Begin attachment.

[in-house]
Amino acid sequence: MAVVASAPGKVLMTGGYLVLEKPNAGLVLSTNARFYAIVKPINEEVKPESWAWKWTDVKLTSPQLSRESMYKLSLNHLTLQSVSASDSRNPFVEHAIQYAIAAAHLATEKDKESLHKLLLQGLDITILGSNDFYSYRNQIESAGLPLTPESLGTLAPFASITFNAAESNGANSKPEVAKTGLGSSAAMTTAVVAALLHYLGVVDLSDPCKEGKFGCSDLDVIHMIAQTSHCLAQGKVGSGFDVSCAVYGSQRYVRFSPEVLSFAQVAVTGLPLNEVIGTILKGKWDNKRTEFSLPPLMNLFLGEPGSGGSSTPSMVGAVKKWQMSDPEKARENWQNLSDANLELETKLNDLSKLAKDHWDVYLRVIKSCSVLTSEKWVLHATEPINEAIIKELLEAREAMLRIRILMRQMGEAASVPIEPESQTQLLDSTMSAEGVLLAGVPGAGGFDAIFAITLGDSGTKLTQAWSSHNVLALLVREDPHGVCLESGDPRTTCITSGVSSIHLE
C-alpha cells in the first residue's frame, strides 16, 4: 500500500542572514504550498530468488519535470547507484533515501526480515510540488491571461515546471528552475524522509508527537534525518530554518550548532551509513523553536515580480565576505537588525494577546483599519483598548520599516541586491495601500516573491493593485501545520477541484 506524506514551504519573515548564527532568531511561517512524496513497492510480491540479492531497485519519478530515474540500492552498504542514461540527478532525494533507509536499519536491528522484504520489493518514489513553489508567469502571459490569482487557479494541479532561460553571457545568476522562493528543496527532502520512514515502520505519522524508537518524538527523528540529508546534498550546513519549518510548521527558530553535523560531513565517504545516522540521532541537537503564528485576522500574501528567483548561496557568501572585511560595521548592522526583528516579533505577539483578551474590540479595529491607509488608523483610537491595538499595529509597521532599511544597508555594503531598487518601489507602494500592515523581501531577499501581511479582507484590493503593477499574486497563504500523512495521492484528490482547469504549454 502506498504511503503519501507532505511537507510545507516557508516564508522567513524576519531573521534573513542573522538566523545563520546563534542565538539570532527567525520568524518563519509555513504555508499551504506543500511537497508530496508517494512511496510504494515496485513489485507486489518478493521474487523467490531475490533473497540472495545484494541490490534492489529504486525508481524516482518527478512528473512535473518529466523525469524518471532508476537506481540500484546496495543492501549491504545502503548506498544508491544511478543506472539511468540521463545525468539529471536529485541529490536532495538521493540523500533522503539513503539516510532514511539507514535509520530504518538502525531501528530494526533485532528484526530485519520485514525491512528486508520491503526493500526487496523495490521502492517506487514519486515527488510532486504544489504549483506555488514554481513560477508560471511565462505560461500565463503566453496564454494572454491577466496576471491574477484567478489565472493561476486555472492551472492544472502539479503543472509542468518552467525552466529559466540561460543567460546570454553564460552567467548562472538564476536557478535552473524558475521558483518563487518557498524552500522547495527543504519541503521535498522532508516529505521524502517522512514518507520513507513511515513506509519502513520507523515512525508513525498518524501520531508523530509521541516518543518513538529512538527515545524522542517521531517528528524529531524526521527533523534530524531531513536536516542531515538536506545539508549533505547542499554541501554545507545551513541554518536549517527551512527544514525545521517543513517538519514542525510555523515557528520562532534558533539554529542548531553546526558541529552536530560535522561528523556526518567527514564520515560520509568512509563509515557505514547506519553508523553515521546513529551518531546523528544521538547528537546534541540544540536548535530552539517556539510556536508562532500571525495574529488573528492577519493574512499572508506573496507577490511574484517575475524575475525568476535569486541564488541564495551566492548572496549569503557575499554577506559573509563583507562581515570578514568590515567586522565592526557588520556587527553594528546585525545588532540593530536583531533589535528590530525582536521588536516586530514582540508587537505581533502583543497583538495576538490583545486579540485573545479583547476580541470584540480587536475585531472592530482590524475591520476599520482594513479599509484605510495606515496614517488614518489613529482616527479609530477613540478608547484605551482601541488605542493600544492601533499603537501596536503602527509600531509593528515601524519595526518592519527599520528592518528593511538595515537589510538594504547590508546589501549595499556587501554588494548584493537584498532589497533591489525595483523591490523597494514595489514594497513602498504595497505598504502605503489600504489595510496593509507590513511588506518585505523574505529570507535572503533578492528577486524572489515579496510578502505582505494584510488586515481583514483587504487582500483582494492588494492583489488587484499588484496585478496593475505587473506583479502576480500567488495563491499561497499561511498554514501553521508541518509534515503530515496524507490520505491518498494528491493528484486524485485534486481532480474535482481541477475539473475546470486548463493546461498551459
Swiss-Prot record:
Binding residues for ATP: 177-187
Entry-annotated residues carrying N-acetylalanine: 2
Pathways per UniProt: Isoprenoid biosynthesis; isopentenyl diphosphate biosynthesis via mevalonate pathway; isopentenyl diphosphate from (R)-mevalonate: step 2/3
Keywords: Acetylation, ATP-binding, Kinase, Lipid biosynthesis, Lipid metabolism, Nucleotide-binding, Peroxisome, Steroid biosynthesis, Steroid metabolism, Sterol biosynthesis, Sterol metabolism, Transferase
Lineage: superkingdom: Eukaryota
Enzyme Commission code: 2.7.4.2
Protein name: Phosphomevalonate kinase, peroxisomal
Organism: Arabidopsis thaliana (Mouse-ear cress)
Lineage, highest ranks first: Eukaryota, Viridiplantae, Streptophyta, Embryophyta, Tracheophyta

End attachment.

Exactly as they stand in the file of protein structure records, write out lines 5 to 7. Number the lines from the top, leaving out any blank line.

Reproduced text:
Binding residues for ATP: 177-187
Entry-annotated residues carrying N-acetylalanine: 2
Pathways per UniProt: Isoprenoid biosynthesis; isopentenyl diphosphate biosynthesis via mevalonate pathway; isopentenyl diphosphate from (R)-mevalonate: step 2/3